University of California Press, 2009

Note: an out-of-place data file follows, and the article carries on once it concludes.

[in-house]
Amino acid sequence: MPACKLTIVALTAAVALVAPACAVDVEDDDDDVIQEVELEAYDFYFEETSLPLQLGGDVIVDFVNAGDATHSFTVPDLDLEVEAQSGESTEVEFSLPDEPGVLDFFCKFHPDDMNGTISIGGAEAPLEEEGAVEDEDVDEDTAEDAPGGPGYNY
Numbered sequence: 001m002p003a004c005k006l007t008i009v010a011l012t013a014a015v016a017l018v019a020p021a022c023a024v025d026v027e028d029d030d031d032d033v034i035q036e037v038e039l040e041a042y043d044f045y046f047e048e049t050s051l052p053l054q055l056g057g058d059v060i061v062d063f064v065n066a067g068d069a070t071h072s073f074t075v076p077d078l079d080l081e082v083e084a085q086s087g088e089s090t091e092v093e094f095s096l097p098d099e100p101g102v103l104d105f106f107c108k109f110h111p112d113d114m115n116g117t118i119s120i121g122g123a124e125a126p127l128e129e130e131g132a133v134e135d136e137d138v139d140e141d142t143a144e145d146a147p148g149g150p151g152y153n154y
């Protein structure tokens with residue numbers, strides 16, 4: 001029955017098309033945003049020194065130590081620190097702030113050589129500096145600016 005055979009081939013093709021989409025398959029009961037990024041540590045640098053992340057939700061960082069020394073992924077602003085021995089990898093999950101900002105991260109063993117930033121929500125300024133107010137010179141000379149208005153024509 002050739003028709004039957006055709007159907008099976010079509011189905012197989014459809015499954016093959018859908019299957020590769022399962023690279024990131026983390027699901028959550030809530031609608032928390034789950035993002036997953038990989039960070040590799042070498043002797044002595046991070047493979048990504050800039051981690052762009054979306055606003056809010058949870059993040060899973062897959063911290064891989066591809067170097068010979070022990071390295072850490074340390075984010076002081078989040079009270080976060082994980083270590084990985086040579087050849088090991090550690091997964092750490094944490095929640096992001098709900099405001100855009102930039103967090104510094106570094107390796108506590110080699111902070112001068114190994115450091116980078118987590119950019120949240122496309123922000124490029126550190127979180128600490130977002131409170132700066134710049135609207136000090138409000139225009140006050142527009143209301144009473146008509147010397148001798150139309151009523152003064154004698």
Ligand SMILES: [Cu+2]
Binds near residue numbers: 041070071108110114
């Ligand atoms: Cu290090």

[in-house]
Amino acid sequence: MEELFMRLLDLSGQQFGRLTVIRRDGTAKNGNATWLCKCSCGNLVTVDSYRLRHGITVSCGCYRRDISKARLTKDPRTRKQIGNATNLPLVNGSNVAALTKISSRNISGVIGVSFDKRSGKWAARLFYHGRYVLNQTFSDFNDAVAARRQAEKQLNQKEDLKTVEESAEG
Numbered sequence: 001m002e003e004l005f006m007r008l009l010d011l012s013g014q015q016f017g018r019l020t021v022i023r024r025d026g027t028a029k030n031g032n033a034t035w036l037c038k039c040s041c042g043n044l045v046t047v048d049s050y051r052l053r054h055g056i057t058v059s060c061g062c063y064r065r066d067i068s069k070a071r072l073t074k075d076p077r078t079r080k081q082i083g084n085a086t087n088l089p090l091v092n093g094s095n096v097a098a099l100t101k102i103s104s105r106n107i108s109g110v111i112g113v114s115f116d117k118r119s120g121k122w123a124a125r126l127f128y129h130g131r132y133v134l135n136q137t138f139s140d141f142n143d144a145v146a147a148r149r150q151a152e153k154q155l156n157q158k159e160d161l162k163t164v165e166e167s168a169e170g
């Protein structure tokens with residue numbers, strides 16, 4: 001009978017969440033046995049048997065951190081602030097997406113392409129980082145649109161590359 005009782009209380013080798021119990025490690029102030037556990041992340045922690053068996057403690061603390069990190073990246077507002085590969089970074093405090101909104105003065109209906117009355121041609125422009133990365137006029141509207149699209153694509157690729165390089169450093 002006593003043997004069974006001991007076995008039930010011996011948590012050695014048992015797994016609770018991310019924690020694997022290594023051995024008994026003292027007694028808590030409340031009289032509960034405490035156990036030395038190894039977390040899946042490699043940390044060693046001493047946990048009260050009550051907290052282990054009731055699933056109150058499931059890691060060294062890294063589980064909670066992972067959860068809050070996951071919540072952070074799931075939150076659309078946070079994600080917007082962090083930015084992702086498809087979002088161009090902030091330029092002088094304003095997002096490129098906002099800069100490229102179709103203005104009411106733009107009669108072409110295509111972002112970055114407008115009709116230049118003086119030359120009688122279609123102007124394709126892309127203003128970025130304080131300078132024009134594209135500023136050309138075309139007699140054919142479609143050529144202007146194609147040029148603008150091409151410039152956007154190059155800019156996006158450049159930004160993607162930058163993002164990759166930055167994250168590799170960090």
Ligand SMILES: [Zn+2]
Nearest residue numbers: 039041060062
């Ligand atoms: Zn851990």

This powerful book is the work of one of the important poets writing in Spanish today. Chilean poet Raúl Zurita was arrested and tortured the day of Pinochet's coup. The poems in Purgatory stem from the violence of that day and of Pinochet's military dictatorship. The poems are strange and experimental and speak from many identities. Equations, images, and sometimes a title may appear before and after a poem. The works are interspersed with documents: a photograph, a letter, an EEG. Yet, rather than reading as fragmented, the book strikes at the unique pain, fear, and anger of oppression. The poems' equations, landscapes, and plainspoken moments reflect on how to live within the memory of a place and life that has been destroyed. Anna Deeny's translations bring into English leaps in language and sonic play that make the poems palpable. C. D. Wright's foreword shines light on the importance and history of the poet.